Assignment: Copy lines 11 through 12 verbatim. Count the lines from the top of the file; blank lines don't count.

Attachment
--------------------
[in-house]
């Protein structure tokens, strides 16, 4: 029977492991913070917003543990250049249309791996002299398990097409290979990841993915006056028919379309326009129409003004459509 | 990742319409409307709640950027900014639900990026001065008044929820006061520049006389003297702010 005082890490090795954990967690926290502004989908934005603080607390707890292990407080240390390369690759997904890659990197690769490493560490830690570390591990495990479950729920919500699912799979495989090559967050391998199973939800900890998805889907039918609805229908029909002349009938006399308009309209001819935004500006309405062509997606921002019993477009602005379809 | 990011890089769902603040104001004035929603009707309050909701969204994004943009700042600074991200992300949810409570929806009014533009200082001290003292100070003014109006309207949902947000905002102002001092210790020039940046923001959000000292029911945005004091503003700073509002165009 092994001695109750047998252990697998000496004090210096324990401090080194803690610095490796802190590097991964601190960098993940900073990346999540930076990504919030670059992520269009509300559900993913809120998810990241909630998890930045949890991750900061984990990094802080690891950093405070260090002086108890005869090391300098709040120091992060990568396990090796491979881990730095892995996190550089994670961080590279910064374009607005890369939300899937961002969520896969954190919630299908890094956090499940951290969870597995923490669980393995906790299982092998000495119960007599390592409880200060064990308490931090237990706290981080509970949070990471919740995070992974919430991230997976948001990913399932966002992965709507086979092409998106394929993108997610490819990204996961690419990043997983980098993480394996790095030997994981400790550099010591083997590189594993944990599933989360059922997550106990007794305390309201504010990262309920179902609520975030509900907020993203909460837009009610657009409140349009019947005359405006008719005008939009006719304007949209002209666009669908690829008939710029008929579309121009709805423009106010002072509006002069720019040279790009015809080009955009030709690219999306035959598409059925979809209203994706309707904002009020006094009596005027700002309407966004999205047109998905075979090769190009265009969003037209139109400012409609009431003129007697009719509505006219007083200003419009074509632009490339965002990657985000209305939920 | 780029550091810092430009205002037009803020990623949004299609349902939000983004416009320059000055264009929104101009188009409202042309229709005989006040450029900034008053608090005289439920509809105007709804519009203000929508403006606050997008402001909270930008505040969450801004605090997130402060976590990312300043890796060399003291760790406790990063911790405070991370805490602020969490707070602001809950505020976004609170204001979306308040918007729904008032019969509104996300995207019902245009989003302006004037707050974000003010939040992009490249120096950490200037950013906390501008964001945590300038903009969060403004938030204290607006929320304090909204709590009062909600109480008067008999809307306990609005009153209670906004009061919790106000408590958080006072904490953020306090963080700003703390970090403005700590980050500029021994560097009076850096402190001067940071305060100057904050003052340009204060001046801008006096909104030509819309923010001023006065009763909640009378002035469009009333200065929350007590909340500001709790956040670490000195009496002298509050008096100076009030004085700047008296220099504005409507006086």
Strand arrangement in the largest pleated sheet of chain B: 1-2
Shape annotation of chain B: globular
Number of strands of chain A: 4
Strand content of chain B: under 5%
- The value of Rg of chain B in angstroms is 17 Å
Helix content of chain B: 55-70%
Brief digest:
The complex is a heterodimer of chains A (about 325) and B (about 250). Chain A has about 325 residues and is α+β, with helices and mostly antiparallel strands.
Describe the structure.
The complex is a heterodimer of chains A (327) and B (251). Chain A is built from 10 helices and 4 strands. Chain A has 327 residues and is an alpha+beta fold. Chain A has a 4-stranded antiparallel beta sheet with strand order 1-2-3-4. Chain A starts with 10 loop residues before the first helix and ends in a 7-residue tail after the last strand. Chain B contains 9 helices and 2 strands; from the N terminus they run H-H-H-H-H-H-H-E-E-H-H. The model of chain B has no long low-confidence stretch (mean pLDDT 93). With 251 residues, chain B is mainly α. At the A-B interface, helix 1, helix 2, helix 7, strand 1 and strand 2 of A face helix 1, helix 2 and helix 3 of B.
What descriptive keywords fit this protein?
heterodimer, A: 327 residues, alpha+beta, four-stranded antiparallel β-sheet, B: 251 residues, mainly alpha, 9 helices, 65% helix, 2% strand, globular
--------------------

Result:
Describe the structure.
The complex is a heterodimer of chains A (327) and B (251). Chain A is built from 10 helices and 4 strands. Chain A has 327 residues and is an alpha+beta fold. Chain A has a 4-stranded antiparallel beta sheet with strand order 1-2-3-4. Chain A starts with 10 loop residues before the first helix and ends in a 7-residue tail after the last strand. Chain B contains 9 helices and 2 strands; from the N terminus they run H-H-H-H-H-H-H-E-E-H-H. The model of chain B has no long low-confidence stretch (mean pLDDT 93). With 251 residues, chain B is mainly α. At the A-B interface, helix 1, helix 2, helix 7, strand 1 and strand 2 of A face helix 1, helix 2 and helix 3 of B.